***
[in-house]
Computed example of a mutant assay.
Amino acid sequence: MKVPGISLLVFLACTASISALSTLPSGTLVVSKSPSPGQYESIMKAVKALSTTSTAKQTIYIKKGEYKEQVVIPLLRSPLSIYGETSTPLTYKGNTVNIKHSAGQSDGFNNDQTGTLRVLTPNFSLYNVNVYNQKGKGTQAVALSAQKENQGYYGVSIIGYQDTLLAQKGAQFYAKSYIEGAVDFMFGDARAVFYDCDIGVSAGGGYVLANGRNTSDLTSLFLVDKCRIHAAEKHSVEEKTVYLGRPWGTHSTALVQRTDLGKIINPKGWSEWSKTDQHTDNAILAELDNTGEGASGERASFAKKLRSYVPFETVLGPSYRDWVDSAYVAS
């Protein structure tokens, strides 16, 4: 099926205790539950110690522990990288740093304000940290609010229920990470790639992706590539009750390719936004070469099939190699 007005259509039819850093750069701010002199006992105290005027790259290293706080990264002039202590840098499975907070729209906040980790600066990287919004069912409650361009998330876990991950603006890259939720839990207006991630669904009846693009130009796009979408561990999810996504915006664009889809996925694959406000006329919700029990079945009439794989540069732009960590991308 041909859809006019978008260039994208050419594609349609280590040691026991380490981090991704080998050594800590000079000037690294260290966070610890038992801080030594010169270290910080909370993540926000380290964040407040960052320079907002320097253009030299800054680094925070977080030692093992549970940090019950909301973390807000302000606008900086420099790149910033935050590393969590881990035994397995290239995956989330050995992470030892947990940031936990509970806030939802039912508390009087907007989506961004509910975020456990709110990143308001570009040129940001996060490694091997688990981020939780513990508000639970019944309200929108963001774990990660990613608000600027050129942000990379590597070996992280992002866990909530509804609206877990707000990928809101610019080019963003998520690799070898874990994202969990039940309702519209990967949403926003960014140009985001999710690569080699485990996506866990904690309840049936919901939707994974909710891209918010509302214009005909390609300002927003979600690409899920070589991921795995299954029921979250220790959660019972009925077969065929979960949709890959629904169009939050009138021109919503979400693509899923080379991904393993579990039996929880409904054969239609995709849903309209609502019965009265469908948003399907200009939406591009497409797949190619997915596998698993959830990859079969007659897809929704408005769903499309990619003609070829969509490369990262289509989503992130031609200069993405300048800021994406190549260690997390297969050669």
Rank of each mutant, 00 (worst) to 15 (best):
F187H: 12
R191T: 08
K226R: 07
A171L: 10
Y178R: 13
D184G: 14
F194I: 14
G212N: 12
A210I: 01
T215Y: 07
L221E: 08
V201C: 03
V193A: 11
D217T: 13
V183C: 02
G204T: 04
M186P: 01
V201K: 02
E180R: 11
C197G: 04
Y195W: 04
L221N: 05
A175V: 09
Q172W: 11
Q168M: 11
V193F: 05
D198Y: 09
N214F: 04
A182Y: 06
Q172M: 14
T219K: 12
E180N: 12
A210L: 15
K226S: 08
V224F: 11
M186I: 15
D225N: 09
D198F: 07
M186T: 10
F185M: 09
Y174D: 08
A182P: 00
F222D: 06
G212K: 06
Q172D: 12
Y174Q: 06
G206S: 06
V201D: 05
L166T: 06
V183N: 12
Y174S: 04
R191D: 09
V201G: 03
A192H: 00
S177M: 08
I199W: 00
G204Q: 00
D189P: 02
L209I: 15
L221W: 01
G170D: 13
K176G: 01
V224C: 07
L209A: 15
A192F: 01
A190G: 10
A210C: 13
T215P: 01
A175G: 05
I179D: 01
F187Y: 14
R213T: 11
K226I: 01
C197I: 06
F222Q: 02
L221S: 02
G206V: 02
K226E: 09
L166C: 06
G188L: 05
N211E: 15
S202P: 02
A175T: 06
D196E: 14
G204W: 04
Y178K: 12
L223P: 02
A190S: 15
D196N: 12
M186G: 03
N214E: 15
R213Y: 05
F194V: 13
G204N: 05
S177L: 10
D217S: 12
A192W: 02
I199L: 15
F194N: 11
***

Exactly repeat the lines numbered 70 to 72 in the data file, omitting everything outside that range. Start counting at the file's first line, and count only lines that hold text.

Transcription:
A192F: 01
A190G: 10
A210C: 13